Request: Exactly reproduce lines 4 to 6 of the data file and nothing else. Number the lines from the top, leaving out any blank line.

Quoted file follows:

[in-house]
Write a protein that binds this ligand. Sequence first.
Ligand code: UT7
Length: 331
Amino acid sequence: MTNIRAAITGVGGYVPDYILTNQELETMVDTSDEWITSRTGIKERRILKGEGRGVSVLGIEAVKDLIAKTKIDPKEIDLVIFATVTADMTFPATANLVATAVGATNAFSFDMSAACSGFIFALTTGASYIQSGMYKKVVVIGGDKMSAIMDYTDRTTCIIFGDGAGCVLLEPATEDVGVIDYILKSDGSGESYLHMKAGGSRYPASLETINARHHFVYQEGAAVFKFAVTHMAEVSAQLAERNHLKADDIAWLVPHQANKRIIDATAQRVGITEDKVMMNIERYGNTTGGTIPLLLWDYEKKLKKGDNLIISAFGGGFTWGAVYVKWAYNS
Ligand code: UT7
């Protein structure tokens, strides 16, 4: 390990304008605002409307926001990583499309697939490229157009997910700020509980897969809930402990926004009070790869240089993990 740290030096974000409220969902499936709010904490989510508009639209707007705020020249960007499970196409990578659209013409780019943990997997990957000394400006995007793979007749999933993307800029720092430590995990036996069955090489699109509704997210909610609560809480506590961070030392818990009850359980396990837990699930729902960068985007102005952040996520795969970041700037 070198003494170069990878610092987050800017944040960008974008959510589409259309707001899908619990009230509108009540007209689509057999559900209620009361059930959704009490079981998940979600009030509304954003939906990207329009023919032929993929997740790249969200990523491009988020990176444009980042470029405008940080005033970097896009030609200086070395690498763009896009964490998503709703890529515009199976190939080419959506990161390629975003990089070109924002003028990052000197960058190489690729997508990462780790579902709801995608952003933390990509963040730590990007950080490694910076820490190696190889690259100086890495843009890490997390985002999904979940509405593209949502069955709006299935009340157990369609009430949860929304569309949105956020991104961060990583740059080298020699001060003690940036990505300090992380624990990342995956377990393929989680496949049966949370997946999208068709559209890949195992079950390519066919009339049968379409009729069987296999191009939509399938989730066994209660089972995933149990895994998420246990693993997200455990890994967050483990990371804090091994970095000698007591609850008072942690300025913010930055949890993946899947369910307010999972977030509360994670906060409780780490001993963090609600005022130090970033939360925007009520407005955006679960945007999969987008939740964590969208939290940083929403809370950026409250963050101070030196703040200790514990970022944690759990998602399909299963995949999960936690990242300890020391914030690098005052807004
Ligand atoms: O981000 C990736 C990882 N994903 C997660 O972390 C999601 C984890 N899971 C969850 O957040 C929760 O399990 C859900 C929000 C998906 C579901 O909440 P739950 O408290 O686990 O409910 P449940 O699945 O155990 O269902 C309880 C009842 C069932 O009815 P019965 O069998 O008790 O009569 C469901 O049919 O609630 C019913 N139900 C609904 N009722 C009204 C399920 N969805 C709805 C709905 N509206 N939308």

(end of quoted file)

Length: 331
Amino acid sequence: MTNIRAAITGVGGYVPDYILTNQELETMVDTSDEWITSRTGIKERRILKGEGRGVSVLGIEAVKDLIAKTKIDPKEIDLVIFATVTADMTFPATANLVATAVGATNAFSFDMSAACSGFIFALTTGASYIQSGMYKKVVVIGGDKMSAIMDYTDRTTCIIFGDGAGCVLLEPATEDVGVIDYILKSDGSGESYLHMKAGGSRYPASLETINARHHFVYQEGAAVFKFAVTHMAEVSAQLAERNHLKADDIAWLVPHQANKRIIDATAQRVGITEDKVMMNIERYGNTTGGTIPLLLWDYEKKLKKGDNLIISAFGGGFTWGAVYVKWAYNS
Ligand code: UT7